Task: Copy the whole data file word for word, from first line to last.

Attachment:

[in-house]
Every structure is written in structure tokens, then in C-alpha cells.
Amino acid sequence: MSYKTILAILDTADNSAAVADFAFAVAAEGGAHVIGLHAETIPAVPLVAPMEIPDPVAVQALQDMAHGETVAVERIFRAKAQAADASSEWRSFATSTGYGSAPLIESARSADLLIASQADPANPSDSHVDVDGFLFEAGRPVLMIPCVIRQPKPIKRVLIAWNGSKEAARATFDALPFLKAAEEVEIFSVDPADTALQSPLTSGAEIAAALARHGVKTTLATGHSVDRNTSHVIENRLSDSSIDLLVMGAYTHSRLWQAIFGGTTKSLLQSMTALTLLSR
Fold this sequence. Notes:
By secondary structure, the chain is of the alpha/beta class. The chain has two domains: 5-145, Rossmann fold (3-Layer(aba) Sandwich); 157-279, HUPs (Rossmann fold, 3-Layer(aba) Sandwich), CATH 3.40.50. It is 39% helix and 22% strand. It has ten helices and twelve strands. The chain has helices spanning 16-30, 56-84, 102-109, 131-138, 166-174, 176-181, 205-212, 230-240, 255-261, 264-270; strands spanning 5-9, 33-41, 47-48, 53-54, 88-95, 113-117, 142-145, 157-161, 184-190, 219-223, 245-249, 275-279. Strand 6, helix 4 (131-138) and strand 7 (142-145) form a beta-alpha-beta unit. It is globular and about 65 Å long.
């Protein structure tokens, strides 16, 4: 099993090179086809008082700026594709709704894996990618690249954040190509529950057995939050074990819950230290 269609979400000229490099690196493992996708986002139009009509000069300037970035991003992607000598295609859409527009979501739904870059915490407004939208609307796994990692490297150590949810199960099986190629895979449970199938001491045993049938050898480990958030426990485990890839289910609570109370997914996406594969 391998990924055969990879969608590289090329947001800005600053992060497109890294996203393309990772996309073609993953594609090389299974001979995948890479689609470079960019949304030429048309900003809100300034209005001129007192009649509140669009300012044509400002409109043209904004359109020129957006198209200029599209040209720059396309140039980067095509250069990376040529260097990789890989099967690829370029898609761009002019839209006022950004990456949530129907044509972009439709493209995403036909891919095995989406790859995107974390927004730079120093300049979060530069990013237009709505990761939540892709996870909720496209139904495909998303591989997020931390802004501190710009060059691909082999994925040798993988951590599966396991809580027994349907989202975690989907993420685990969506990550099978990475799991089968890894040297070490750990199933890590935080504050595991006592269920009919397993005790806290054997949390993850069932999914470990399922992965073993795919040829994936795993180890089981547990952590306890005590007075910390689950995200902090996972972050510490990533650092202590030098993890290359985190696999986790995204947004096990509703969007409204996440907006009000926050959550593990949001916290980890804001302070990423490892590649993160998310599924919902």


[in-house]
Every structure is written in structure tokens, then in C-alpha cells.
Amino acid sequence: MSYKTILAILDTADNSAAVADFAFAVAAEGGAHVIGLHAETIPAVPLVAPMEIPDPVAVQALQDMAHGETVAVERIFRAKAQAADASSEWRSFATSTGYGSAPLIESARSADLLIASQADPANPSDSHVDVDGFLFEAGRPVLMIPCVIRQPKPIKRVLIAWNGSKEAARATFDALPFLKAAEEVEIFSVDPADTALQSPLTSGAEIAAALARHGVKTTLATGHSVDRNTSHVIENRLSDSSIDLLVMGAYTHSRLWQAIFGGTTKSLLQSMTALTLLSR
Fold this sequence. Notes:
By secondary structure, the chain is of the alpha/beta class. The chain has two domains: 5-145, Rossmann fold (3-Layer(aba) Sandwich); 157-279, HUPs (Rossmann fold, 3-Layer(aba) Sandwich), CATH 3.40.50. It is 39% helix and 22% strand. It has ten helices and twelve strands. The chain has helices spanning 16-30, 56-84, 102-109, 131-138, 166-174, 176-181, 205-212, 230-240, 255-261, 264-270; strands spanning 5-9, 33-41, 47-48, 53-54, 88-95, 113-117, 142-145, 157-161, 184-190, 219-223, 245-249, 275-279. Strand 6, helix 4 (131-138) and strand 7 (142-145) form a beta-alpha-beta unit. It is globular and about 65 Å long.
């Protein structure tokens, strides 16, 4: 099993090179086809008082700026594709709704894996990618690249954040190509529950057995939050074990819950230290 269609979400000229490099690196493992996708986002139009009509000069300037970035991003992607000598295609859409527009979501739904870059915490407004939208609307796994990692490297150590949810199960099986190629895979449970199938001491045993049938050898480990958030426990485990890839289910609570109370997914996406594969 391998990924055969990879969608590289090329947001800005600053992060497109890294996203393309990772996309073609993953594609090389299974001979995948890479689609470079960019949304030429048309900003809100300034209005001129007192009649509140669009300012044509400002409109043209904004359109020129957006198209200029599209040209720059396309140039980067095509250069990376040529260097990789890989099967690829370029898609761009002019839209006022950004990456949530129907044509972009439709493209995403036909891919095995989406790859995107974390927004730079120093300049979060530069990013237009709505990761939540892709996870909720496209139904495909998303591989997020931390802004501190710009060059691909082999994925040798993988951590599966396991809580027994349907989202975690989907993420685990969506990550099978990475799991089968890894040297070490750990199933890590935080504050595991006592269920009919397993005790806290054997949390993850069932999914470990399922992965073993795919040829994936795993180890089981547990952590306890005590007075910390689950995200902090996972972050510490990533650092202590030098993890290359985190696999986790995204947004096990509703969007409204996440907006009000926050959550593990949001916290980890804001302070990423490892590649993160998310599924919902």